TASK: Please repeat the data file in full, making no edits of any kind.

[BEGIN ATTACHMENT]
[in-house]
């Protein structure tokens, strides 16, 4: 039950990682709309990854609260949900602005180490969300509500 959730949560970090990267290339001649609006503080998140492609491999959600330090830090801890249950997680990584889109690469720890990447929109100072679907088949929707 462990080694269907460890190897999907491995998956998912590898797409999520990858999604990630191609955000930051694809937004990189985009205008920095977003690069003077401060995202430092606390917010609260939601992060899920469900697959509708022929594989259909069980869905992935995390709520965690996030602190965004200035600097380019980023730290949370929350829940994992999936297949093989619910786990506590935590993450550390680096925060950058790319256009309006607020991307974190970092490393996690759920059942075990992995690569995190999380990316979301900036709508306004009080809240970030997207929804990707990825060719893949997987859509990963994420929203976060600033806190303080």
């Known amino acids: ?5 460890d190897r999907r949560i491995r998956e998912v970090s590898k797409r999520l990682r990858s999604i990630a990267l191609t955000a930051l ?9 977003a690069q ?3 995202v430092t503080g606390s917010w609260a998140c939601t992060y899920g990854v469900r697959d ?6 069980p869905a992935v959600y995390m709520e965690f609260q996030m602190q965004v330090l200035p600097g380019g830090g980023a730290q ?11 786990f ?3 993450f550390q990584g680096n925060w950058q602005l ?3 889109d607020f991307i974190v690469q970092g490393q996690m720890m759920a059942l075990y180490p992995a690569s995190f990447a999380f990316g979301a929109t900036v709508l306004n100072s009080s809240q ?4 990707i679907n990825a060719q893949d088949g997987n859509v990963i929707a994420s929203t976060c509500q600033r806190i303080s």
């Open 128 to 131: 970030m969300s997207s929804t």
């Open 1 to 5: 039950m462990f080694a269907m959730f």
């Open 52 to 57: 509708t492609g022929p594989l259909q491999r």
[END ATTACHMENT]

[in-house]
């Protein structure tokens, strides 16, 4: 039950990682709309990854609260949900602005180490969300509500 959730949560970090990267290339001649609006503080998140492609491999959600330090830090801890249950997680990584889109690469720890990447929109100072679907088949929707 462990080694269907460890190897999907491995998956998912590898797409999520990858999604990630191609955000930051694809937004990189985009205008920095977003690069003077401060995202430092606390917010609260939601992060899920469900697959509708022929594989259909069980869905992935995390709520965690996030602190965004200035600097380019980023730290949370929350829940994992999936297949093989619910786990506590935590993450550390680096925060950058790319256009309006607020991307974190970092490393996690759920059942075990992995690569995190999380990316979301900036709508306004009080809240970030997207929804990707990825060719893949997987859509990963994420929203976060600033806190303080």
């Known amino acids: ?5 460890d190897r999907r949560i491995r998956e998912v970090s590898k797409r999520l990682r990858s999604i990630a990267l191609t955000a930051l ?9 977003a690069q ?3 995202v430092t503080g606390s917010w609260a998140c939601t992060y899920g990854v469900r697959d ?6 069980p869905a992935v959600y995390m709520e965690f609260q996030m602190q965004v330090l200035p600097g380019g830090g980023a730290q ?11 786990f ?3 993450f550390q990584g680096n925060w950058q602005l ?3 889109d607020f991307i974190v690469q970092g490393q996690m720890m759920a059942l075990y180490p992995a690569s995190f990447a999380f990316g979301a929109t900036v709508l306004n100072s009080s809240q ?4 990707i679907n990825a060719q893949d088949g997987n859509v990963i929707a994420s929203t976060c509500q600033r806190i303080s």
């Open 128 to 131: 970030m969300s997207s929804t």
């Open 1 to 5: 039950m462990f080694a269907m959730f």
């Open 52 to 57: 509708t492609g022929p594989l259909q491999r």